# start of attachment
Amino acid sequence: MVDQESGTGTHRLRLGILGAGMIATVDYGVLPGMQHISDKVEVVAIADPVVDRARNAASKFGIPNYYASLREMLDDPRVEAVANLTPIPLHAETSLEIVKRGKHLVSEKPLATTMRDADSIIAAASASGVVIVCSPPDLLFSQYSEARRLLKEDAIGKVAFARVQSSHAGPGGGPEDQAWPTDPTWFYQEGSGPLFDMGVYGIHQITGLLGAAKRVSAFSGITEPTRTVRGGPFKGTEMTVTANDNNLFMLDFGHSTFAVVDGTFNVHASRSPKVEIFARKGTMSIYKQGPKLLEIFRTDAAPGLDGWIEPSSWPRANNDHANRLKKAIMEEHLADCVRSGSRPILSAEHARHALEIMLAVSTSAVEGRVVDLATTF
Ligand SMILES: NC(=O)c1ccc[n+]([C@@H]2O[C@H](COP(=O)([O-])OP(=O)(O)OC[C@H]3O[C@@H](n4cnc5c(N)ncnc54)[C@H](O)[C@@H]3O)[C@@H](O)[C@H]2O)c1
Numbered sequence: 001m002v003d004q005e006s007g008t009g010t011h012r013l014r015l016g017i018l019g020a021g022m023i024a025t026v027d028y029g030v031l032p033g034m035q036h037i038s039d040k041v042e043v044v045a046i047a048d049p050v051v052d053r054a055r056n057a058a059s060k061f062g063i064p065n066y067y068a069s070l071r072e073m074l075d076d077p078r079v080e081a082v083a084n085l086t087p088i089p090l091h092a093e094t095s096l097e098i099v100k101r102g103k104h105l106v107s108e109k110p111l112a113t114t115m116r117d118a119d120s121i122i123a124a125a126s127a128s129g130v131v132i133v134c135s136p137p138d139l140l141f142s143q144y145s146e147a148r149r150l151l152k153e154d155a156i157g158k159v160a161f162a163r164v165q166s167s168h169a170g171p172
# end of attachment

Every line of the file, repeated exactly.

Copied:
Amino acid sequence: MVDQESGTGTHRLRLGILGAGMIATVDYGVLPGMQHISDKVEVVAIADPVVDRARNAASKFGIPNYYASLREMLDDPRVEAVANLTPIPLHAETSLEIVKRGKHLVSEKPLATTMRDADSIIAAASASGVVIVCSPPDLLFSQYSEARRLLKEDAIGKVAFARVQSSHAGPGGGPEDQAWPTDPTWFYQEGSGPLFDMGVYGIHQITGLLGAAKRVSAFSGITEPTRTVRGGPFKGTEMTVTANDNNLFMLDFGHSTFAVVDGTFNVHASRSPKVEIFARKGTMSIYKQGPKLLEIFRTDAAPGLDGWIEPSSWPRANNDHANRLKKAIMEEHLADCVRSGSRPILSAEHARHALEIMLAVSTSAVEGRVVDLATTF
Ligand SMILES: NC(=O)c1ccc[n+]([C@@H]2O[C@H](COP(=O)([O-])OP(=O)(O)OC[C@H]3O[C@@H](n4cnc5c(N)ncnc54)[C@H](O)[C@@H]3O)[C@@H](O)[C@H]2O)c1
Numbered sequence: 001m002v003d004q005e006s007g008t009g010t011h012r013l014r015l016g017i018l019g020a021g022m023i024a025t026v027d028y029g030v031l032p033g034m035q036h037i038s039d040k041v042e043v044v045a046i047a048d049p050v051v052d053r054a055r056n057a058a059s060k061f062g063i064p065n066y067y068a069s070l071r072e073m074l075d076d077p078r079v080e081a082v083a084n085l086t087p088i089p090l091h092a093e094t095s096l097e098i099v100k101r102g103k104h105l106v107s108e109k110p111l112a113t114t115m116r117d118a119d120s121i122i123a124a125a126s127a128s129g130v131v132i133v134c135s136p137p138d139l140l141f142s143q144y145s146e147a148r149r150l151l152k153e154d155a156i157g158k159v160a161f162a163r164v165q166s167s168h169a170g171p172